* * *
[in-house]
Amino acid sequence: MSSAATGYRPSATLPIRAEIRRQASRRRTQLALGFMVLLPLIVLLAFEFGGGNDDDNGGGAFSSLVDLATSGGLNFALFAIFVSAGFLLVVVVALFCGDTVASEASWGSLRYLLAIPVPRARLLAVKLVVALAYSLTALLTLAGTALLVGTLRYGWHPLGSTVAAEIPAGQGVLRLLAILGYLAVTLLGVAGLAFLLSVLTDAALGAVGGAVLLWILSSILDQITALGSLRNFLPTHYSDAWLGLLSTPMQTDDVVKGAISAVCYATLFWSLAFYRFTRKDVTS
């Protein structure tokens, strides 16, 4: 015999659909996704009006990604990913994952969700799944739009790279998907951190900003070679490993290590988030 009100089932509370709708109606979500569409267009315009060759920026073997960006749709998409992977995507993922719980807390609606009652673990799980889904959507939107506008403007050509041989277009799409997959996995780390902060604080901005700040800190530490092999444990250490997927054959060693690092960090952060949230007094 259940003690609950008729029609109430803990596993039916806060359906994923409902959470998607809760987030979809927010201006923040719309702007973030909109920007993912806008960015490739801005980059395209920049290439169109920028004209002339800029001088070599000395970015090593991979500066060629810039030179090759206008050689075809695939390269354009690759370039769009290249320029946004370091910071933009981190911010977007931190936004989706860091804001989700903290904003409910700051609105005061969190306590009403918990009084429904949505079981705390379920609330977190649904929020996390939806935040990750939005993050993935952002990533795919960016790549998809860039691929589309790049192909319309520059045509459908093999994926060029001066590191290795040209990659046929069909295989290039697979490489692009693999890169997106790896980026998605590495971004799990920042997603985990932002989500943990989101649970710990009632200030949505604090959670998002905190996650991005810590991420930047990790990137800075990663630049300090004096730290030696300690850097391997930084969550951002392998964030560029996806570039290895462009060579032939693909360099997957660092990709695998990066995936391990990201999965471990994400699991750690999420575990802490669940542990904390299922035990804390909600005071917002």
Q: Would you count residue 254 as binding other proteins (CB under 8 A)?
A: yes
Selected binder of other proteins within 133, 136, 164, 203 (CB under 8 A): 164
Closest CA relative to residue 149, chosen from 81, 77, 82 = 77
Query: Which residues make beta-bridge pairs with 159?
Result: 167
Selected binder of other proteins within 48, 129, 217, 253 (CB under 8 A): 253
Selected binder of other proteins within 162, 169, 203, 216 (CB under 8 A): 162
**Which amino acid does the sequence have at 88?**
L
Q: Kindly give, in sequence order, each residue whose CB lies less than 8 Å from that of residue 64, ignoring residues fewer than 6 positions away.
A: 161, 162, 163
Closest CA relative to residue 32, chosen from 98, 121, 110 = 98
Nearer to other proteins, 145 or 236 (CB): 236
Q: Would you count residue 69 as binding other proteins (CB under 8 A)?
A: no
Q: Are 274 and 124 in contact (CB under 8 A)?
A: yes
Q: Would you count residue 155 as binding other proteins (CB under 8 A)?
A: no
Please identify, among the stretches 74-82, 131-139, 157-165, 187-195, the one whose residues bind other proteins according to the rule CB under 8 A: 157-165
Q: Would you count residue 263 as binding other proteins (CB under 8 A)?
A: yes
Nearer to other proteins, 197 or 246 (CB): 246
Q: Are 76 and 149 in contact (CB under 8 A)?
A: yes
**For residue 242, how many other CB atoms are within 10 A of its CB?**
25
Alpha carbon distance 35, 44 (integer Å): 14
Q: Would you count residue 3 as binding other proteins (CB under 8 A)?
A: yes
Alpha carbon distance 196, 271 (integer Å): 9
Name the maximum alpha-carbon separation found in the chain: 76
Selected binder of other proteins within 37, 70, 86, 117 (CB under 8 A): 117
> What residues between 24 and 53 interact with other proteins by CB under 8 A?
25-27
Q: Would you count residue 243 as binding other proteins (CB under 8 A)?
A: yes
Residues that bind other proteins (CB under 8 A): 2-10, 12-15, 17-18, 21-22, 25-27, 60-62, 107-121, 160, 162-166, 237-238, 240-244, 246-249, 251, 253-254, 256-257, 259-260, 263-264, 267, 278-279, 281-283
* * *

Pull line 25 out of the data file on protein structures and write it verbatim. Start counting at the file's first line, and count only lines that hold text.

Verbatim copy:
Q: Would you count residue 263 as binding other proteins (CB under 8 A)?